Peru’s northern coast is currently the site of one of the biggest Unusual Mortality Events for dolphins ever recorded. As many as 3,000 dead dolphins have been found since January 2012, and more than 1,000 dead seabirds, mainly pelicans, have washed up on shore in recent weeks. And nobody seems to know why.
As nearly every major news source has reported, a cloud of uncertainty surrounds the die-off. Officials from Peru’s federal Ocean Institute are suggesting that the culprit, in the case of the dolphins, is morbillivirus, from a family of viruses linked to previous mass deaths of marine mammals. Others are less certain, and autopsies performed on the dead dolphins have found hemorrhagic lesions in the acoustic chamber and fractures in the periotic bones, pointing towards acoustic impact and decompression syndrome as the cause of death. This would suggest that seismic survey blasts used in oil exploration in the region may be a cause of death. Yet much uncertainty remains, as the New York Times reports:
The discovery of dead animals on beaches near Lima, the capital, in recent days has complicated matters. Over the weekend, the Health Ministry issued an alert advising people to avoid the waters around Lima and to the north, “until we know the cause of the recent deaths of marine species.”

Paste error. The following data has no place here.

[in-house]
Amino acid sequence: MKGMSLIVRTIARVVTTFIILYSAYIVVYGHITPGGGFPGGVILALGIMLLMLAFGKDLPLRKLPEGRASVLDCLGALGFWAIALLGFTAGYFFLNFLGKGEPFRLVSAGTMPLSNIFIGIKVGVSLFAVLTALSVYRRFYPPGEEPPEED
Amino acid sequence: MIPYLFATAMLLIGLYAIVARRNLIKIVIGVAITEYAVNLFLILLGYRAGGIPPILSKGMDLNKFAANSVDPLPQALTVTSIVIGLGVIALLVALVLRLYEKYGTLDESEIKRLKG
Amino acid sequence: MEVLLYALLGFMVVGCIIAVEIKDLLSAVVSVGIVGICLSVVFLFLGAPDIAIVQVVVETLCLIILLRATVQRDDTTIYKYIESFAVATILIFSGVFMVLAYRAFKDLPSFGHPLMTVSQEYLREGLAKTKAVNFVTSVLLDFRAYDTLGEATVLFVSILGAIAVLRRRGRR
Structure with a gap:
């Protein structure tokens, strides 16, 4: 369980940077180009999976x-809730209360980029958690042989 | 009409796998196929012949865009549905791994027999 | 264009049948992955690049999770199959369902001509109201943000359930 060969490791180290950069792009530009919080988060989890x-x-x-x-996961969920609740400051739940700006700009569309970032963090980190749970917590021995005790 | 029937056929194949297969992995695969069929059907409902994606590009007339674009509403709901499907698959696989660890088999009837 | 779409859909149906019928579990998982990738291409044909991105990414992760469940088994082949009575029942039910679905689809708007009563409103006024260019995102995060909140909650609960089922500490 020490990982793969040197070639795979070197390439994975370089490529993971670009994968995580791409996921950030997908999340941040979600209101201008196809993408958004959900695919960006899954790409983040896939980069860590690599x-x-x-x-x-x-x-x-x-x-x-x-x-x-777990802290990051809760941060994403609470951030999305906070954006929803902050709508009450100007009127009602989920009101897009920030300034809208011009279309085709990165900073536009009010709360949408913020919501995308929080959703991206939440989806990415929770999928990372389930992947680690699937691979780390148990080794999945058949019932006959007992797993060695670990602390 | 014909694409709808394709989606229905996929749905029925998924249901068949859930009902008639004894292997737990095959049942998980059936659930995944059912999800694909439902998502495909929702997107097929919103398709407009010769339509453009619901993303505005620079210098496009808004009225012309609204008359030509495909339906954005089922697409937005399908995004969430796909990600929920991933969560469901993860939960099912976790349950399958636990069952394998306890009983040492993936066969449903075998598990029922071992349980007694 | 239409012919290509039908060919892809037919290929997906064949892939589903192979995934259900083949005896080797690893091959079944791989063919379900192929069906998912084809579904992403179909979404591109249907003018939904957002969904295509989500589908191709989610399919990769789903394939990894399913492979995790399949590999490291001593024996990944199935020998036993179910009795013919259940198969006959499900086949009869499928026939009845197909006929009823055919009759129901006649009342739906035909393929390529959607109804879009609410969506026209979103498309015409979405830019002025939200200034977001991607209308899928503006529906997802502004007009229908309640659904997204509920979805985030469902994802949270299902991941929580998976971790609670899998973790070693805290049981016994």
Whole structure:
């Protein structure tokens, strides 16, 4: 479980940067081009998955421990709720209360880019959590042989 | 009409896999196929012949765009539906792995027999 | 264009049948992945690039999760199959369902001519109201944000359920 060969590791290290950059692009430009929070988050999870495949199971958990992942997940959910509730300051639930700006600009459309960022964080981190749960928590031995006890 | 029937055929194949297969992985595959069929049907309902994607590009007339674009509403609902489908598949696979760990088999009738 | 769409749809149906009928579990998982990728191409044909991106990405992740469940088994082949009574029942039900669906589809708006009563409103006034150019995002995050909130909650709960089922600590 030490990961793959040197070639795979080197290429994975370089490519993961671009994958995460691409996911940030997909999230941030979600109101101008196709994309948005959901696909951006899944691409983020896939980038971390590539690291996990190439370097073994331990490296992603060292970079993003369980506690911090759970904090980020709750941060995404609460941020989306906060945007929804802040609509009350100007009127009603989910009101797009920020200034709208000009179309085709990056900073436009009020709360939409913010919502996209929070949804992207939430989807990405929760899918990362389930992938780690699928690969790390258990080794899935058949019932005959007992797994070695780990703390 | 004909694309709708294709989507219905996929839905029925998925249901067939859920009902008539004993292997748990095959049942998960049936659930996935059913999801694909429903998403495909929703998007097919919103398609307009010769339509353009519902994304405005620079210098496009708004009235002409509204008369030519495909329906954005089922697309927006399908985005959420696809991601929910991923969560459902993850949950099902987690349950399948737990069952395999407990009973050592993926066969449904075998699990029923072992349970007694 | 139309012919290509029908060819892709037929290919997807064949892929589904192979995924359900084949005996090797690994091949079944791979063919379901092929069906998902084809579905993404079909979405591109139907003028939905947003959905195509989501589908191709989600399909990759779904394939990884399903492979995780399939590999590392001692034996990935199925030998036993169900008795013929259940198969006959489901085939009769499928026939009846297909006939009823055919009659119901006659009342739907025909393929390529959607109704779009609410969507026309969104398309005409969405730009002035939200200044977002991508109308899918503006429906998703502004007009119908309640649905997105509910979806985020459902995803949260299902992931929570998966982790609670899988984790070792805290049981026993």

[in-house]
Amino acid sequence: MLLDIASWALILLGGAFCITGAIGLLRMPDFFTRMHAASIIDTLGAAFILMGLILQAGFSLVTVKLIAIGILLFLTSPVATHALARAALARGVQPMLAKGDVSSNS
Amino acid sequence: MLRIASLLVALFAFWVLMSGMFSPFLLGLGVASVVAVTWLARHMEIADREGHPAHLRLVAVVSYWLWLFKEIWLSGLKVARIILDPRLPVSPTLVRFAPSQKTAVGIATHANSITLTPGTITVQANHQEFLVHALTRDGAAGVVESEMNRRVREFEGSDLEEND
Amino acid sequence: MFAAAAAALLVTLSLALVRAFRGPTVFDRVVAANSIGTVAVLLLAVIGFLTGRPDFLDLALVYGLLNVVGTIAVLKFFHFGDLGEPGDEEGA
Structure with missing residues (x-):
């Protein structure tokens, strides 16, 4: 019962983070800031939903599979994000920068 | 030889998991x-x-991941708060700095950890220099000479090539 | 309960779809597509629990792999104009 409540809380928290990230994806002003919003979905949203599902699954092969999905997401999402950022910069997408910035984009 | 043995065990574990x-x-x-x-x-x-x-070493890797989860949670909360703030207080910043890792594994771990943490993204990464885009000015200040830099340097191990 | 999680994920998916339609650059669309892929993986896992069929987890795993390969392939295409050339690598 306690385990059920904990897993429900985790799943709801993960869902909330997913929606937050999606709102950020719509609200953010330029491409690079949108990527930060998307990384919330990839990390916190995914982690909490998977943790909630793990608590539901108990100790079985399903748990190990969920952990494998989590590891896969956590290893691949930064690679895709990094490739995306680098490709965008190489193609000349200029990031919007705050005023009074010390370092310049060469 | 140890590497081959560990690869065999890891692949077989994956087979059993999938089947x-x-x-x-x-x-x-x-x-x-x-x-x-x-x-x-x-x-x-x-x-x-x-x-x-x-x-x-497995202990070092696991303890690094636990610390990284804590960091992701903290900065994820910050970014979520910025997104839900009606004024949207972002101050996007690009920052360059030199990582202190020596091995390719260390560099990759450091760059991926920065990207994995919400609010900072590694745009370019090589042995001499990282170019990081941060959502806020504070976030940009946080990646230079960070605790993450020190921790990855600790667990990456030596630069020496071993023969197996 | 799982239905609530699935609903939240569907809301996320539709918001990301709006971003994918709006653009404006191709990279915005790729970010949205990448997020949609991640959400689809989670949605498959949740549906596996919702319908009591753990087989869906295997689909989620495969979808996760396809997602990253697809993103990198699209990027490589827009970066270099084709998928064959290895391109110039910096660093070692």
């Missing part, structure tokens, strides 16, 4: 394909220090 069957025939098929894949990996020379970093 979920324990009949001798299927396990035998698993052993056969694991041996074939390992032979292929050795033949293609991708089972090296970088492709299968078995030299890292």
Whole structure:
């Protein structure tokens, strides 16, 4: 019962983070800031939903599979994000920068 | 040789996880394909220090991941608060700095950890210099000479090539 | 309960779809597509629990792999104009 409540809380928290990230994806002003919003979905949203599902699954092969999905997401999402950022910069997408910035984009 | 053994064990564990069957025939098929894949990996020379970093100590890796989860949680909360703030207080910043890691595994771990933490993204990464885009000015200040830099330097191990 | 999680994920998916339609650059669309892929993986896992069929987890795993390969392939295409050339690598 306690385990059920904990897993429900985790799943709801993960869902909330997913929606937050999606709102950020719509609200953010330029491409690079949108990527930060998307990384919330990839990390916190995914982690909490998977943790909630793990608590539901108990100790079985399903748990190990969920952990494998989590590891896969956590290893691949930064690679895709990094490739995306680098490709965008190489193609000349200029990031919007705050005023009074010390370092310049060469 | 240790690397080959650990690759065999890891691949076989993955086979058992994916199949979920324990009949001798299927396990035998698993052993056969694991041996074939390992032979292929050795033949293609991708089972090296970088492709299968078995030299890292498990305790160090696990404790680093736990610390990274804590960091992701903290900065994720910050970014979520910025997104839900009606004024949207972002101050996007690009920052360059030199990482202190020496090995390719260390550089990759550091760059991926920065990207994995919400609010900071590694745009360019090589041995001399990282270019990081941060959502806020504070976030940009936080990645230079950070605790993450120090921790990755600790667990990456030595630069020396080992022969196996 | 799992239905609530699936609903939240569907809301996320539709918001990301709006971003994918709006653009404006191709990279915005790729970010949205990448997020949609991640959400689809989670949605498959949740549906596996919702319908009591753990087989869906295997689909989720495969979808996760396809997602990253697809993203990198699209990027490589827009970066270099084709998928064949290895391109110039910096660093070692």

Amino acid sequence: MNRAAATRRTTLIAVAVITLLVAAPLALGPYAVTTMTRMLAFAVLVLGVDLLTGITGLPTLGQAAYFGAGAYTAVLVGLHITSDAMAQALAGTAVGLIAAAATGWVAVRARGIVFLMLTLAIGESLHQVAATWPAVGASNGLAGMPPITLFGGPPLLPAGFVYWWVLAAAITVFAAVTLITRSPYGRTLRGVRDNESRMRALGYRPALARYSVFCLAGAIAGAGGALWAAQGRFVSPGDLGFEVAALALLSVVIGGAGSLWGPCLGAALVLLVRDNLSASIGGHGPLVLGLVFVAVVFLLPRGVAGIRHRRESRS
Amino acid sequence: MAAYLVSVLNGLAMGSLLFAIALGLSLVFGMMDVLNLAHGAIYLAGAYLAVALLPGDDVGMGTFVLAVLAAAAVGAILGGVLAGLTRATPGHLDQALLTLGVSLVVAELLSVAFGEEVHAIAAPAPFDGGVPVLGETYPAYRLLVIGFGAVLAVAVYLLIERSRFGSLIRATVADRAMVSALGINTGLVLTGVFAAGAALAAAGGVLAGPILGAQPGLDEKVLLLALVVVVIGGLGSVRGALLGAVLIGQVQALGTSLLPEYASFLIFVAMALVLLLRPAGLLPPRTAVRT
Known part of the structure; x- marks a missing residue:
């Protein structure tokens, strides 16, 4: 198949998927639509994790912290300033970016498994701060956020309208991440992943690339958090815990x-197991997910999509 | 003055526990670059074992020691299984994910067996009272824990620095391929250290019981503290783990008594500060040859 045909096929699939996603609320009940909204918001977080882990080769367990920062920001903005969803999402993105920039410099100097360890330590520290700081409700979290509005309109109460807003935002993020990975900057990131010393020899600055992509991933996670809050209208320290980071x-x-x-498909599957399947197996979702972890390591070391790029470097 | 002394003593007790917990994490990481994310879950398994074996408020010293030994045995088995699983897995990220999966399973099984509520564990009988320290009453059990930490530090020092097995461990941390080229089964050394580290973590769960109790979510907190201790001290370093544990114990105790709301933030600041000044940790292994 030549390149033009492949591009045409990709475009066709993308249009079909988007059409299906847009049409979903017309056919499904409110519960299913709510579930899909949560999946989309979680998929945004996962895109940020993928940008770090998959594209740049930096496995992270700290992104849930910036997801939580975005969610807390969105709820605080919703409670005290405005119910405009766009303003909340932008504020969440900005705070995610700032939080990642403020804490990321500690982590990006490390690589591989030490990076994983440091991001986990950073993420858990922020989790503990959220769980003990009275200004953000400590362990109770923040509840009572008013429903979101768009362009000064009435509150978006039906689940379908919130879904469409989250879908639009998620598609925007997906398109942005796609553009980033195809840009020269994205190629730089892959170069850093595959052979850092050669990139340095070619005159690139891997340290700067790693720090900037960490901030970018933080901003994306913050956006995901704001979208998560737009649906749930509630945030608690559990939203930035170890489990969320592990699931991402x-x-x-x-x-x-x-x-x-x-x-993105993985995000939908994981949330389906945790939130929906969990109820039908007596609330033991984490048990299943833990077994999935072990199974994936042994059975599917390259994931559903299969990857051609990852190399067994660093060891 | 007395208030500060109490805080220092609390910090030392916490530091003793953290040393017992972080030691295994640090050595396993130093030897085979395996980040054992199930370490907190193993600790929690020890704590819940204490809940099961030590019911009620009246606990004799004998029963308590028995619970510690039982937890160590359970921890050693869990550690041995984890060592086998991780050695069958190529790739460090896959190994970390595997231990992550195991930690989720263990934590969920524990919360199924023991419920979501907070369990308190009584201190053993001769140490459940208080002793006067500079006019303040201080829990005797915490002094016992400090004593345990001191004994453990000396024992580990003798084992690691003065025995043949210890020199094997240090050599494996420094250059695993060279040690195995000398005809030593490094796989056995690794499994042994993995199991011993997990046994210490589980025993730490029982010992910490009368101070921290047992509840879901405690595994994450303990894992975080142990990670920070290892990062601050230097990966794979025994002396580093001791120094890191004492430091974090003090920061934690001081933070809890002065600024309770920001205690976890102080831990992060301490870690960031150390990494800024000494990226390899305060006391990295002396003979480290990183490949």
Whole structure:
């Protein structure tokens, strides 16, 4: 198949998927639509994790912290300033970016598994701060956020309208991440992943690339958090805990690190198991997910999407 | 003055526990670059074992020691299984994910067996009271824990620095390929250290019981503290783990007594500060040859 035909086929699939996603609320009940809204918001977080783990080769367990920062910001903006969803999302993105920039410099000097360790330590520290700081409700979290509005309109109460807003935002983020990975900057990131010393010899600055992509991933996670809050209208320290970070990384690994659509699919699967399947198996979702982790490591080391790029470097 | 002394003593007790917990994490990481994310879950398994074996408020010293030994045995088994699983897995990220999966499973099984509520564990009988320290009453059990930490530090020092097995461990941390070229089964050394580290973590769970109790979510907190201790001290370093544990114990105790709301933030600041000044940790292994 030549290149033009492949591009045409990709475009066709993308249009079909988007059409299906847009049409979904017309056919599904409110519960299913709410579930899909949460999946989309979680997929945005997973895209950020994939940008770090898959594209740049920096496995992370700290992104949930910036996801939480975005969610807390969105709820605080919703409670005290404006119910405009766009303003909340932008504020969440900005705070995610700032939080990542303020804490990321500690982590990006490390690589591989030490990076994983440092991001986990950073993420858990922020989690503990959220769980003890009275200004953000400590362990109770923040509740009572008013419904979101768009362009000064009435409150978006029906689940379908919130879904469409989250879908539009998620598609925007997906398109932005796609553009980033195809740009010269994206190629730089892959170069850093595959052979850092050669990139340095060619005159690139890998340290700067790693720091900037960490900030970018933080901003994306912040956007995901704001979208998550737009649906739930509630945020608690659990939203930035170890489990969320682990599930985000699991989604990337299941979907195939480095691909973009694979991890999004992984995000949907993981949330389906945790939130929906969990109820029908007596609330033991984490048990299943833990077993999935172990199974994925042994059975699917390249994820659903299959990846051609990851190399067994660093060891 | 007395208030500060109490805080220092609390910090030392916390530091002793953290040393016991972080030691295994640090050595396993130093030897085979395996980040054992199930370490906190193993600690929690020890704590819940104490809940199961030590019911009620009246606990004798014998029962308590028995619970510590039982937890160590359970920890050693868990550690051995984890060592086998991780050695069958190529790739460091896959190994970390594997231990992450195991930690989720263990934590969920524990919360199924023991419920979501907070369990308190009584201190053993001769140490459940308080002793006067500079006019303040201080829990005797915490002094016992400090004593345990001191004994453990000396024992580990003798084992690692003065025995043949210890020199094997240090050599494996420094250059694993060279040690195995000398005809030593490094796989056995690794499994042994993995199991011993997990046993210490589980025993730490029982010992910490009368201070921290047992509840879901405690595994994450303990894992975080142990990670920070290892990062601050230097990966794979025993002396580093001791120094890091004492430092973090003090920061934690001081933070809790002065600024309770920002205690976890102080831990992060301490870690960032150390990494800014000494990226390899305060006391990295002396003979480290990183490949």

It advised people not to eat raw seafood, an ingredient of the national favorite ceviche, and recommended that people disposing of dead marine animals wear gloves and masks. The warning sowed confusion, given earlier government statements indicating that the seabirds were probably starving rather than falling ill from some disease.
What about the pelicans? Officials maintain that there is no link between the bird deaths and dolphin deaths, and suggest that the birds are dying from starvation due to the scarcity of anchovies caused by rapid warming of waters in the region.
Another hypothesis involves suggests that biotoxins from raw sewage and other pollution may have made its way into the food chain, and both dolphins and pelicans, which consume anchovies, could have been poisoned this way.
“It’s unbearable to walk around those areas,” Mr. Alva said of the rapidly growing towns along the coast. “They dump both their industrial and residential wastes into the ocean without control, without consideration.”
Sophie Bertrand, a marine ecologist at the Research Institute for Development in France who is leading a research project on seabirds and sea lions in Peru, said that if there was a common factor linking the die-offs, it would probably be found in the anchoveta, eaten by all of the species concerned.
Meanwhile the die-offs continue, though in lesser numbers than before.